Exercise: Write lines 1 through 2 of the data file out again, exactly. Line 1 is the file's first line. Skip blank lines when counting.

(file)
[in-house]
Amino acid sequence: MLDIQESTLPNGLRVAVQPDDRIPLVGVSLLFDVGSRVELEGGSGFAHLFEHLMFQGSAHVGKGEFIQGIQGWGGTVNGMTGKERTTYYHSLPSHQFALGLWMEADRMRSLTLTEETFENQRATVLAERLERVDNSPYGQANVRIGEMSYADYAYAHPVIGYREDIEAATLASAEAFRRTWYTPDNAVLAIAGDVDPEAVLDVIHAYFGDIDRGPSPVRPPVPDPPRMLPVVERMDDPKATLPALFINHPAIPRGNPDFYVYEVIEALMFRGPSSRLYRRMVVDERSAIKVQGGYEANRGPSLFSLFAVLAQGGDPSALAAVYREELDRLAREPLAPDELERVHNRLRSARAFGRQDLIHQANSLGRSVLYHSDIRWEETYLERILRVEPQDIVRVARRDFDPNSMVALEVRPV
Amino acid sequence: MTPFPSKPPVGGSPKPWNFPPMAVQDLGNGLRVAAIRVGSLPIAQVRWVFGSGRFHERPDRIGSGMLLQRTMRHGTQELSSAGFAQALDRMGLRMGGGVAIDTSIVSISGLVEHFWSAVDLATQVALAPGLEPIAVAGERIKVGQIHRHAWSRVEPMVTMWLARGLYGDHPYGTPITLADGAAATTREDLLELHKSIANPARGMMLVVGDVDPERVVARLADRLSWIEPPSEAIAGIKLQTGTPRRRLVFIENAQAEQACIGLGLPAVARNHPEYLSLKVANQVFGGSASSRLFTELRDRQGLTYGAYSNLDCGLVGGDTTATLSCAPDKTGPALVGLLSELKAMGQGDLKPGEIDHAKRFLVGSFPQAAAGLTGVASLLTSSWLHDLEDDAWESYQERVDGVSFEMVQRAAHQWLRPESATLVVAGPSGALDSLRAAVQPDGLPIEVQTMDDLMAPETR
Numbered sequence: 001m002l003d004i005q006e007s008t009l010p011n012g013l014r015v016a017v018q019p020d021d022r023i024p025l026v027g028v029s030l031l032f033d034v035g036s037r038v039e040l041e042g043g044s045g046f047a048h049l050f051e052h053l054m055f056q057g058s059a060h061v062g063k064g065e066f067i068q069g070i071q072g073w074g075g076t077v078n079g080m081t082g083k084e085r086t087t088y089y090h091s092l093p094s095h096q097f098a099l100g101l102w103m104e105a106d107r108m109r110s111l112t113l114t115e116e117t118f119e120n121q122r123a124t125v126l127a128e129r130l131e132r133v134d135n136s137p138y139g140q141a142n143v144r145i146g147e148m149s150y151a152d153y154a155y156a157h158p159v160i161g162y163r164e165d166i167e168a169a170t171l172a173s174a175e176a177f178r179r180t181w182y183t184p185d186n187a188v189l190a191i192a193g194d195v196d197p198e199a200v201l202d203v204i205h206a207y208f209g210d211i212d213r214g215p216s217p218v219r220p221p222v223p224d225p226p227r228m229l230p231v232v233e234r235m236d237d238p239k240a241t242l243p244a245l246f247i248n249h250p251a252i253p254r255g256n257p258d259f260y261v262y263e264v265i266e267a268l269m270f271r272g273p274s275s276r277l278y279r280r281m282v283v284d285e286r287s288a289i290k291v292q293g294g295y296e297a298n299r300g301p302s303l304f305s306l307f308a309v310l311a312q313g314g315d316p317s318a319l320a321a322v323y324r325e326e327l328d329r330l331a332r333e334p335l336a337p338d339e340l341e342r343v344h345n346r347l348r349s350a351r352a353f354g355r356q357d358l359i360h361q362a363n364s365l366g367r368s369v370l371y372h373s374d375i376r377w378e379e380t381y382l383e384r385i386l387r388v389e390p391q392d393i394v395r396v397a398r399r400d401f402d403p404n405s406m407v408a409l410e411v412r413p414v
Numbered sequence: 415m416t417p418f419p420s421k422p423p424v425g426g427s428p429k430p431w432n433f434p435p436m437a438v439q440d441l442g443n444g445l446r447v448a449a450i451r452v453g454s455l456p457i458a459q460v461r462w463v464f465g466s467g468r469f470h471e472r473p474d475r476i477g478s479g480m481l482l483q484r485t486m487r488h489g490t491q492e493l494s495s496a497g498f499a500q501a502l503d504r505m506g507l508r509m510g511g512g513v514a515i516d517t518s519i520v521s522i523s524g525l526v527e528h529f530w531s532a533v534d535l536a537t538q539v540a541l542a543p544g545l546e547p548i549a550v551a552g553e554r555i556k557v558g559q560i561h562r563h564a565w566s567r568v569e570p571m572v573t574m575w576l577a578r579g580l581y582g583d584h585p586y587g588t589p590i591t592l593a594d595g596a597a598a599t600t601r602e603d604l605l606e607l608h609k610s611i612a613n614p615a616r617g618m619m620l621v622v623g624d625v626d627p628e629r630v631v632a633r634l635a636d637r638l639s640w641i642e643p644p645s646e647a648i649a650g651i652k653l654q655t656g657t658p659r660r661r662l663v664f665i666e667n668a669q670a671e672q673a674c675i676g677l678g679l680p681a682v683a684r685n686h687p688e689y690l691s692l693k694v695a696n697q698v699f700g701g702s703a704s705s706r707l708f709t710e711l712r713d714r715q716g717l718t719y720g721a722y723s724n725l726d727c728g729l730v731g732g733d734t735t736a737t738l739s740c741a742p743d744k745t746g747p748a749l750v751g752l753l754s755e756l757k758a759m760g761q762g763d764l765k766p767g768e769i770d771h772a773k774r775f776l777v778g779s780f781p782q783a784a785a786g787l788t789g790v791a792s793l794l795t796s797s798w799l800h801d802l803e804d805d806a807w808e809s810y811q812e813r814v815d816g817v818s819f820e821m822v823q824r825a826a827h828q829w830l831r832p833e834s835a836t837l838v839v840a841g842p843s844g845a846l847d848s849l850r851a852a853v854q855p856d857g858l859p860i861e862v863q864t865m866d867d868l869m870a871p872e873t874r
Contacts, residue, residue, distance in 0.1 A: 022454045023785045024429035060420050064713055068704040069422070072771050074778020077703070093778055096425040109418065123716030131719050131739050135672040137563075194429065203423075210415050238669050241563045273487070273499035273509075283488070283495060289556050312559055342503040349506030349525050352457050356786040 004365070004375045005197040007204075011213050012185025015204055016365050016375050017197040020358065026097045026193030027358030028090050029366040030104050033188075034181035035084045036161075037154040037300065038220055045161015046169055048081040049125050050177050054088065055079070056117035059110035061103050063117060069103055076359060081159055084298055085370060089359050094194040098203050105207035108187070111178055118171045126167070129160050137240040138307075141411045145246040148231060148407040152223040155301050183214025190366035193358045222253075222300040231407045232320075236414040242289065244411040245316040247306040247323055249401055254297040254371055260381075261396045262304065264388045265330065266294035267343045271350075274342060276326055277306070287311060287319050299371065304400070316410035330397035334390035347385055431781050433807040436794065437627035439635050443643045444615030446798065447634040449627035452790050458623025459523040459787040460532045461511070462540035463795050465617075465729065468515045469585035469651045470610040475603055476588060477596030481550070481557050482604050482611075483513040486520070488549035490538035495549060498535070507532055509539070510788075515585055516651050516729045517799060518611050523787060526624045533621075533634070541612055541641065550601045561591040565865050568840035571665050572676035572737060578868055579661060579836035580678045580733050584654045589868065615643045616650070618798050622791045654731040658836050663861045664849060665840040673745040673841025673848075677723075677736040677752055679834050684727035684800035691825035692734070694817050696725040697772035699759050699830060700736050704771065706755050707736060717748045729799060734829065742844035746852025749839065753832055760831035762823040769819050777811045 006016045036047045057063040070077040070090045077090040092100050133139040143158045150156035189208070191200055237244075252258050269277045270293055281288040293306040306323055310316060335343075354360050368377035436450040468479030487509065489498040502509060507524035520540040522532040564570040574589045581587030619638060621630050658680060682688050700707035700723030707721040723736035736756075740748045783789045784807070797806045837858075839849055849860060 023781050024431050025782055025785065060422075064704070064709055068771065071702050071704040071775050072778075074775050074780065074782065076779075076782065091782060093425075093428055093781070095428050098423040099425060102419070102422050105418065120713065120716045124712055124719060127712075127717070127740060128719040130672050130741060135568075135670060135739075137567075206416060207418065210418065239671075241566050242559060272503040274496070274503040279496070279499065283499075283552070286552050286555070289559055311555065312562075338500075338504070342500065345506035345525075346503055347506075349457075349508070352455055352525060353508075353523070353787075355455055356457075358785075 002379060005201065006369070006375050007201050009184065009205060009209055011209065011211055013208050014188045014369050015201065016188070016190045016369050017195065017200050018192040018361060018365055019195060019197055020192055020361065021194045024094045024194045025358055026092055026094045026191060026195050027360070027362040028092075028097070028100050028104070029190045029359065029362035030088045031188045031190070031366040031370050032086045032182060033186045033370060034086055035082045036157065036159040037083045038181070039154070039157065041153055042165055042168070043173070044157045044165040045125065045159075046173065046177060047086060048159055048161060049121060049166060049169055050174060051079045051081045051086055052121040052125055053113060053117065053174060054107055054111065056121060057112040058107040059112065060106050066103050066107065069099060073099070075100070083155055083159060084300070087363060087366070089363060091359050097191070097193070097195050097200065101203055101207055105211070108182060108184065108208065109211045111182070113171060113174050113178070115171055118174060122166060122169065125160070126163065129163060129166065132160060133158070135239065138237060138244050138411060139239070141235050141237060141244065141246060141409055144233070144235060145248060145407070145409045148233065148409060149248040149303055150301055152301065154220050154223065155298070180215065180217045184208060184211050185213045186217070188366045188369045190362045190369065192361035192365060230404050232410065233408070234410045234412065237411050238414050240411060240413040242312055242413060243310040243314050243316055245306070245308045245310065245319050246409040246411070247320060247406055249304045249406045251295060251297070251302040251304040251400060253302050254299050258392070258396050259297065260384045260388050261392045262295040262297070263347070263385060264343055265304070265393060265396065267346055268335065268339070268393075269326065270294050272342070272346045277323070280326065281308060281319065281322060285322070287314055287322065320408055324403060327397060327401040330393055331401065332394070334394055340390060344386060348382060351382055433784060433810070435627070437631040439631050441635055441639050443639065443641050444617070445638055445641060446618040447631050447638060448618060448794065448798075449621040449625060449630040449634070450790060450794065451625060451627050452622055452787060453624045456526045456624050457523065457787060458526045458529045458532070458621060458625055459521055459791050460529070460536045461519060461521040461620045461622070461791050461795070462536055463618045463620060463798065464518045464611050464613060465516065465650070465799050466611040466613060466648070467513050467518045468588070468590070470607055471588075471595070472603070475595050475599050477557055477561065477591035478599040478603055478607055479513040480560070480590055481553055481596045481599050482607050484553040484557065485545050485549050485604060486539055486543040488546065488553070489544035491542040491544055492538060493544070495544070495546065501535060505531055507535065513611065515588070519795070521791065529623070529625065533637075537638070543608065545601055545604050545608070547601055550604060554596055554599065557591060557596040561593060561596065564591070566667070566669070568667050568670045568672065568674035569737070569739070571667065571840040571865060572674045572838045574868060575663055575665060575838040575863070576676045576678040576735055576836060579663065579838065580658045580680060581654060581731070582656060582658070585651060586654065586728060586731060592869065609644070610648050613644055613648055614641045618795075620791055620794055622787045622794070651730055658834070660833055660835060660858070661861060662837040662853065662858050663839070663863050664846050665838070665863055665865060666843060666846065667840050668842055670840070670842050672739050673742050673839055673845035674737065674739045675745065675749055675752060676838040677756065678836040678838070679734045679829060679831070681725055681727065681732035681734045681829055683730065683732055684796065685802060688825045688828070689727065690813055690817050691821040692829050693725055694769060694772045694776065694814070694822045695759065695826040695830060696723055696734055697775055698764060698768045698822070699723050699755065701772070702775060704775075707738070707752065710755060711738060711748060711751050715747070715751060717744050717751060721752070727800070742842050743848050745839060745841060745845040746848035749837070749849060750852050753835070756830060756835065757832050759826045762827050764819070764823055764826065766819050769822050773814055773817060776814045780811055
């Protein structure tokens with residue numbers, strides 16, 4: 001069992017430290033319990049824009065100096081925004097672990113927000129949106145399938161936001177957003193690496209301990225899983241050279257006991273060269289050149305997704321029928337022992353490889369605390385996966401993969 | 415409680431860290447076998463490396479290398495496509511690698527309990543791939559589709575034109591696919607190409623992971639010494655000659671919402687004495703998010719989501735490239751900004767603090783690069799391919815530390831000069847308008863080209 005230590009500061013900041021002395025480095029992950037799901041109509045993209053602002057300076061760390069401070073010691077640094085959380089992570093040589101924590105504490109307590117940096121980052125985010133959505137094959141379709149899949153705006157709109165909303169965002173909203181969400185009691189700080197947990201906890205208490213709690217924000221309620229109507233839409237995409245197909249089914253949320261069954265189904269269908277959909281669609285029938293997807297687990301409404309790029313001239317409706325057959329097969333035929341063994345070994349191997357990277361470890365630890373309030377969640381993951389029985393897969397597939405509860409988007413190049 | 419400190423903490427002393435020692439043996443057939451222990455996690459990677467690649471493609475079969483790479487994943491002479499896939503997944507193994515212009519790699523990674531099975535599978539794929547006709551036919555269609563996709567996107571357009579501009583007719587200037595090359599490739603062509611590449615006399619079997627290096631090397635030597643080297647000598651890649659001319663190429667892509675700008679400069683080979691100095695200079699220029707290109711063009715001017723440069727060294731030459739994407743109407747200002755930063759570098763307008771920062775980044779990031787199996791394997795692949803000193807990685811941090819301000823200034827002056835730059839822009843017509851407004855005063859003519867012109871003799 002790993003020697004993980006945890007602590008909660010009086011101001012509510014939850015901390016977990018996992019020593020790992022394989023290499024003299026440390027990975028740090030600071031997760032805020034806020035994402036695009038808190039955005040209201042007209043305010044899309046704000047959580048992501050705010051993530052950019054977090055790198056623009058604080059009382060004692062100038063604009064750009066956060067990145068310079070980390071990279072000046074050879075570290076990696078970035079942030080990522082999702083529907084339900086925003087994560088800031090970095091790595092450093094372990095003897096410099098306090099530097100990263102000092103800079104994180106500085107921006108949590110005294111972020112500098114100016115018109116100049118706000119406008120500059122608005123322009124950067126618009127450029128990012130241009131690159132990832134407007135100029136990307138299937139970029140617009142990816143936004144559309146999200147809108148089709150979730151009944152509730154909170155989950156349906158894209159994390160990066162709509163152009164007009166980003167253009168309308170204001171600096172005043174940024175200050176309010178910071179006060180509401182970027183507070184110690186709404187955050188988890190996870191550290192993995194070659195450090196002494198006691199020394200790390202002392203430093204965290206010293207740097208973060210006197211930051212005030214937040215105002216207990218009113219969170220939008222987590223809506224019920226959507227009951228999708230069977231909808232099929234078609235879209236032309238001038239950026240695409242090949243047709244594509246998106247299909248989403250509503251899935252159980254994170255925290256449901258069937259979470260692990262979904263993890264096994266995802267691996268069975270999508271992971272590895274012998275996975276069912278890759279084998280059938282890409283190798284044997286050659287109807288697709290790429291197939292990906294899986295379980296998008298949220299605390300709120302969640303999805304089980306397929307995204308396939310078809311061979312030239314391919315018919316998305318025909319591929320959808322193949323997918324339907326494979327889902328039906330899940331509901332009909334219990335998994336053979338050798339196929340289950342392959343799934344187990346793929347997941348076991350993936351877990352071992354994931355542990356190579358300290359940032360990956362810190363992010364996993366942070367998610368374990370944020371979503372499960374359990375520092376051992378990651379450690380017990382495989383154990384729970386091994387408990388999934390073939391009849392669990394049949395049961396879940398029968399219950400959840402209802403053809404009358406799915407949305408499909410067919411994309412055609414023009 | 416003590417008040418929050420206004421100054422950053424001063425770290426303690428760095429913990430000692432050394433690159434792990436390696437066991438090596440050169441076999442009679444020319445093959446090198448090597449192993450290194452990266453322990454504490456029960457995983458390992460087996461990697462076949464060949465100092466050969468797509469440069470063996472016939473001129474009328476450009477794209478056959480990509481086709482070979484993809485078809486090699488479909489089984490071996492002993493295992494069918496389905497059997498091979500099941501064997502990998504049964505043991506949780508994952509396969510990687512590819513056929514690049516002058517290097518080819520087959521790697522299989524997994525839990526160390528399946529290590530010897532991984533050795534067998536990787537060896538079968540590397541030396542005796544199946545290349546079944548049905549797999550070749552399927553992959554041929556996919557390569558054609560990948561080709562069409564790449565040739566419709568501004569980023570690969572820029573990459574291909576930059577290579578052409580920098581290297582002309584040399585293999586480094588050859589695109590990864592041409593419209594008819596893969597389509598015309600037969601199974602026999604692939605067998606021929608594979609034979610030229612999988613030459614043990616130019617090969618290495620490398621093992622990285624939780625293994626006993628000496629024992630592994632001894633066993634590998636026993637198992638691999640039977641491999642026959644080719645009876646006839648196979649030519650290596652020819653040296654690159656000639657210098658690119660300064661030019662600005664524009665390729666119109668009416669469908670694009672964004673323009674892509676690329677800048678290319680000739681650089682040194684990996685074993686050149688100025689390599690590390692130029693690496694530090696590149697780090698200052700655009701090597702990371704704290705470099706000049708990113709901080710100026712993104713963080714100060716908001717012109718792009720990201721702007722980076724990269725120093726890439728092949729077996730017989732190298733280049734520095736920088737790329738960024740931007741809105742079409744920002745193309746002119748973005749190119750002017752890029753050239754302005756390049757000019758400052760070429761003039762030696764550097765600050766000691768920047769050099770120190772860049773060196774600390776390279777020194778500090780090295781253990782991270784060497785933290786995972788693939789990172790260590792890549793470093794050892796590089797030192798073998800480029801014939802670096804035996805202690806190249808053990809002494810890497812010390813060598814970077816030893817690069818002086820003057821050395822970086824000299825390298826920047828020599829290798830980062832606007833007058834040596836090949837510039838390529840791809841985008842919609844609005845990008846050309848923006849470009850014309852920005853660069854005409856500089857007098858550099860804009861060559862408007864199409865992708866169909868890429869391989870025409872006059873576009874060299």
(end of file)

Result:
[in-house]
Amino acid sequence: MLDIQESTLPNGLRVAVQPDDRIPLVGVSLLFDVGSRVELEGGSGFAHLFEHLMFQGSAHVGKGEFIQGIQGWGGTVNGMTGKERTTYYHSLPSHQFALGLWMEADRMRSLTLTEETFENQRATVLAERLERVDNSPYGQANVRIGEMSYADYAYAHPVIGYREDIEAATLASAEAFRRTWYTPDNAVLAIAGDVDPEAVLDVIHAYFGDIDRGPSPVRPPVPDPPRMLPVVERMDDPKATLPALFINHPAIPRGNPDFYVYEVIEALMFRGPSSRLYRRMVVDERSAIKVQGGYEANRGPSLFSLFAVLAQGGDPSALAAVYREELDRLAREPLAPDELERVHNRLRSARAFGRQDLIHQANSLGRSVLYHSDIRWEETYLERILRVEPQDIVRVARRDFDPNSMVALEVRPV